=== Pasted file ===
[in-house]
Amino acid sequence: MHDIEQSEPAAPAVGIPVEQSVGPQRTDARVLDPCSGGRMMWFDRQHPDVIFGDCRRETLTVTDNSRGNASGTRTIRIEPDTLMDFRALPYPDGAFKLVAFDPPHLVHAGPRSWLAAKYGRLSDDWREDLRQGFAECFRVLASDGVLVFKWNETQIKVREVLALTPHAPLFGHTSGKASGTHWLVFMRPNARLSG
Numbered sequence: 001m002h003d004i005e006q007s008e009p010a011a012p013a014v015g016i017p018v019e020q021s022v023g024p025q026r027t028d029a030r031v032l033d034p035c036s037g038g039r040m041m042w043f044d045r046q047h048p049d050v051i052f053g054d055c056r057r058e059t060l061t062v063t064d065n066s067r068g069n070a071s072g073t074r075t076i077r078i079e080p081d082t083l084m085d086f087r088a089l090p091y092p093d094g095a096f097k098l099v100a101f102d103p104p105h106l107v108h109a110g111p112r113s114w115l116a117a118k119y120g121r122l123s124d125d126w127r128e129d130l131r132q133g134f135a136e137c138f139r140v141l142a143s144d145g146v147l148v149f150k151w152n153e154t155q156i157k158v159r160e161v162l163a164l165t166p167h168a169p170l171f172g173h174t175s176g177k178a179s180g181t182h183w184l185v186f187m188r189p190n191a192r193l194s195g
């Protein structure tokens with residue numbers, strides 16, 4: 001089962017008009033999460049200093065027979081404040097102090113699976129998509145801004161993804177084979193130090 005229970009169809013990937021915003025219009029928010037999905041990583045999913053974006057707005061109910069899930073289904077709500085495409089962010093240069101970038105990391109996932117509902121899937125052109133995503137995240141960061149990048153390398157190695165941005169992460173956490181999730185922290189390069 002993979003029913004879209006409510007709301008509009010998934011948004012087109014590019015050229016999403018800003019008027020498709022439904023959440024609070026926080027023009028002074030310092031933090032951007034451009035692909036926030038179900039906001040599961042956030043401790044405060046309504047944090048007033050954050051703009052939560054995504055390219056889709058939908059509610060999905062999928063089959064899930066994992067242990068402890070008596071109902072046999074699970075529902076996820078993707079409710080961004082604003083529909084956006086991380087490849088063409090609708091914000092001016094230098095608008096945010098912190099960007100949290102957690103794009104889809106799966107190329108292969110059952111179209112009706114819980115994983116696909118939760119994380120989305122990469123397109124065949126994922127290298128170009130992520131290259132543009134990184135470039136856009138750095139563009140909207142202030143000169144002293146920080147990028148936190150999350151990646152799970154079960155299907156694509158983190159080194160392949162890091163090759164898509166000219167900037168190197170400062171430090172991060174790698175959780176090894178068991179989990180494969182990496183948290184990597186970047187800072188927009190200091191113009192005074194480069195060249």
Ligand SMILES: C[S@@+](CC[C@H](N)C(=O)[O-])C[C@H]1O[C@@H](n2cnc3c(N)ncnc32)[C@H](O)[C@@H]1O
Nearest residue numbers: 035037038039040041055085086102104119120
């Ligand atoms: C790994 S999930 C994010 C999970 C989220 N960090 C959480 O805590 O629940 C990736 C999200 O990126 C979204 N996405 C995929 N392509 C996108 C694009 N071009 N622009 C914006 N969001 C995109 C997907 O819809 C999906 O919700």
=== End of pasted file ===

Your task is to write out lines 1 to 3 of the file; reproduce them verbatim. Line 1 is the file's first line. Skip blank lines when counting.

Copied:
[in-house]
Amino acid sequence: MHDIEQSEPAAPAVGIPVEQSVGPQRTDARVLDPCSGGRMMWFDRQHPDVIFGDCRRETLTVTDNSRGNASGTRTIRIEPDTLMDFRALPYPDGAFKLVAFDPPHLVHAGPRSWLAAKYGRLSDDWREDLRQGFAECFRVLASDGVLVFKWNETQIKVREVLALTPHAPLFGHTSGKASGTHWLVFMRPNARLSG
Numbered sequence: 001m002h003d004i005e006q007s008e009p010a011a012p013a014v015g016i017p018v019e020q021s022v023g024p025q026r027t028d029a030r031v032l033d034p035c036s037g038g039r040m041m042w043f044d045r046q047h048p049d050v051i052f053g054d055c056r057r058e059t060l061t062v063t064d065n066s067r068g069n070a071s072g073t074r075t076i077r078i079e080p081d082t083l084m085d086f087r088a089l090p091y092p093d094g095a096f097k098l099v100a101f102d103p104p105h106l107v108h109a110g111p112r113s114w115l116a117a118k119y120g121r122l123s124d125d126w127r128e129d130l131r132q133g134f135a136e137c138f139r140v141l142a143s144d145g146v147l148v149f150k151w152n153e154t155q156i157k158v159r160e161v162l163a164l165t166p167h168a169p170l171f172g173h174t175s176g177k178a179s180g181t182h183w184l185v186f187m188r189p190n191a192r193l194s195g